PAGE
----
confirms that Heathwood is doing a
better job and can give consumers a
better house that doesn’t produce too
much carbon.
He says that keeping the entire fleet
under HERS 54 was accomplished “by
keeping track of what we were doing
and the site management making sure
that” they had airtightness.
Heathwood employed a variety of
features – upgraded furnaces, ERVs,
drainwater heat recovery systems –
“everything that made the house very
green in terms of consumption.” Longo
says the whole community was built
that way.
In typical Canuck fashion, Longo
brushed off suggestions that his
company is now an international leader,
saying he doesn’t give much thought
In this year’s RESNET/CRESNET Cross Border Builder Challenge – an event celebrating excellence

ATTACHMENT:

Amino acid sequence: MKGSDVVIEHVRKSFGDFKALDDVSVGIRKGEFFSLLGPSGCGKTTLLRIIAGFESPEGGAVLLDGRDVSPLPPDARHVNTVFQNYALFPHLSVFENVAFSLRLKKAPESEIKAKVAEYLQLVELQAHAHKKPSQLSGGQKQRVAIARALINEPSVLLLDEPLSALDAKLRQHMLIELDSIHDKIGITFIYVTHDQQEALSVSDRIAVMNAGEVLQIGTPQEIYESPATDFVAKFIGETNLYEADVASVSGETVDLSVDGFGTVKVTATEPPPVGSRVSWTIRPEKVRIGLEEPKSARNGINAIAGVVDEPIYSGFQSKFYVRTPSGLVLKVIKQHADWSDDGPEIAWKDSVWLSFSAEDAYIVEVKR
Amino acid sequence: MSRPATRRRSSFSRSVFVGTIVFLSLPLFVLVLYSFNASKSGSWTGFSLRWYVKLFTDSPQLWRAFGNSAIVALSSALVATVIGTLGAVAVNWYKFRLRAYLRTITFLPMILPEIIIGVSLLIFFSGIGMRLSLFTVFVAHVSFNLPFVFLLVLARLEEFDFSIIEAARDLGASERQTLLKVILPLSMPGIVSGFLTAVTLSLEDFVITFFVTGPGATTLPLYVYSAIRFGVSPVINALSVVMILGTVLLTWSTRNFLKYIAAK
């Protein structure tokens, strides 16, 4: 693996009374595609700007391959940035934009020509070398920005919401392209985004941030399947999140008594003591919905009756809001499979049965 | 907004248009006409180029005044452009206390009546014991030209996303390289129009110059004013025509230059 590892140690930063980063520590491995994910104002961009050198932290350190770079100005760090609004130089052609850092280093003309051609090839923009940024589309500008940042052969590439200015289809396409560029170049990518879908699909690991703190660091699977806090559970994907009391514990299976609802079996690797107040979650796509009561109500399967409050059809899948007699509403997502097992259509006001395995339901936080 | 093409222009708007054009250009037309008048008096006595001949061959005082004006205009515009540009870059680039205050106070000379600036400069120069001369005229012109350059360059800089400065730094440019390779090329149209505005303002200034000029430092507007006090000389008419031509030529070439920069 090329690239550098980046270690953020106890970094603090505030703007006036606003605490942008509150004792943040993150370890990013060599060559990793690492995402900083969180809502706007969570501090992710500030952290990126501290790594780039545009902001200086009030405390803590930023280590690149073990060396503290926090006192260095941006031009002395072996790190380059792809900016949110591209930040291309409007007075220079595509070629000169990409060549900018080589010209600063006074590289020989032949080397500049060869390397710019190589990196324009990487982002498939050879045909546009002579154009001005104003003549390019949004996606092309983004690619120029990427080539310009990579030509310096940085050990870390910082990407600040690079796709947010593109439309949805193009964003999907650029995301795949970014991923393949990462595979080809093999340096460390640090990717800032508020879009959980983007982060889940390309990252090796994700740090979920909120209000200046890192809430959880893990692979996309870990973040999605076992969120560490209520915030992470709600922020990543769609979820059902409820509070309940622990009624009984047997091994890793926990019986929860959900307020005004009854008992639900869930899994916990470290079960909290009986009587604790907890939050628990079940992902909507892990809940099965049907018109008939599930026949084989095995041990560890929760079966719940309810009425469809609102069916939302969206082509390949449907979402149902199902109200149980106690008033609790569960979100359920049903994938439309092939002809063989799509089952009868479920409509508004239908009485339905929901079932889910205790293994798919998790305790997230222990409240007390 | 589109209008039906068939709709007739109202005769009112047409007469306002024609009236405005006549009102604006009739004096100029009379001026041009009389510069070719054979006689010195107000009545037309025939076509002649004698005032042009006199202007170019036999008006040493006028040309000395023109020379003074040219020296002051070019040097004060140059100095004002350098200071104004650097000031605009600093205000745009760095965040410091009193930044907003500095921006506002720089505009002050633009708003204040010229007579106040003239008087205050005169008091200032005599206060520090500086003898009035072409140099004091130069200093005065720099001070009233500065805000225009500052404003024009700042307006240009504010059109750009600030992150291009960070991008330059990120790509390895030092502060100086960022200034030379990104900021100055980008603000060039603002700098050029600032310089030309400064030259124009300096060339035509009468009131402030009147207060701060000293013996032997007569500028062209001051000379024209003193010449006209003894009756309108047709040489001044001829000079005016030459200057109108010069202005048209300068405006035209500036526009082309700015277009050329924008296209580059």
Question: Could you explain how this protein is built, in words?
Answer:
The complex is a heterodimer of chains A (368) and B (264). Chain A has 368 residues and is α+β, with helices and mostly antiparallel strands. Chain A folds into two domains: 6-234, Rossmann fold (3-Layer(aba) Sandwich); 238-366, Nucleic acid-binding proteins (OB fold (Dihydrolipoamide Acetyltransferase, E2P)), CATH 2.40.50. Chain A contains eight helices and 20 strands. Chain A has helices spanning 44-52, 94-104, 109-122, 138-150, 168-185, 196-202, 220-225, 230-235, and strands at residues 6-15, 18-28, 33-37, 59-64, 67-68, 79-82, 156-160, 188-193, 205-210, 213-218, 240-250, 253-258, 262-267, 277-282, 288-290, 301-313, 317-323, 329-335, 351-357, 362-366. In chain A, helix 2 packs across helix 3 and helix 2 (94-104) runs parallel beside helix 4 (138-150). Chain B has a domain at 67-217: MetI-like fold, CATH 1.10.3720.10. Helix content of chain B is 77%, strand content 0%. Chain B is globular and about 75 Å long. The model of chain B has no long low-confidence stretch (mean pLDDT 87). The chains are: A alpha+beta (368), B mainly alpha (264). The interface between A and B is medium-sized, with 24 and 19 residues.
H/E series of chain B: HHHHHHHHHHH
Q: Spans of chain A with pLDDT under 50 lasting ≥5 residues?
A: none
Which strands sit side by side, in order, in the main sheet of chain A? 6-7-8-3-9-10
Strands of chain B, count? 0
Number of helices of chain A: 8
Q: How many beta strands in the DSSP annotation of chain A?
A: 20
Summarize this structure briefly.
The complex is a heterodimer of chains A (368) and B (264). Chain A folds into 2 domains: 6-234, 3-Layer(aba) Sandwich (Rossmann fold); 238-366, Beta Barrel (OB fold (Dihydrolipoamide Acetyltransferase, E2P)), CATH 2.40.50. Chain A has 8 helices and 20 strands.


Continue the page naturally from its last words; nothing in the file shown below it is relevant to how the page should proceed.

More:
in energy-efficient home building while promoting the HERS (Home Energy Rating System) index –
Canadian firms fared very well, taking home several prestigious awards. Interestingly, despite the
modern and cutting-edge technology on display, the winners were old-school builders, all at least
a quarter-century old. Who says you can’t teach an old dog new tricks?
Canada Shines in 2018
Cross Border Builder Challenge
Heathwood Homes
Inspired to make a difference
BETTERBUILDER.CA | ISSUE 26 | SUMMER 2018
to that and prefers to focus on doing
what he’s doing. But compared to
other builders across North America,
Heathwood is clearly doing pretty well.
Driven to improve
Now that it’s achieved an entire
subdivision with no homes higher
than a HERS 54, Heathwood wants
to improve on that “in the very near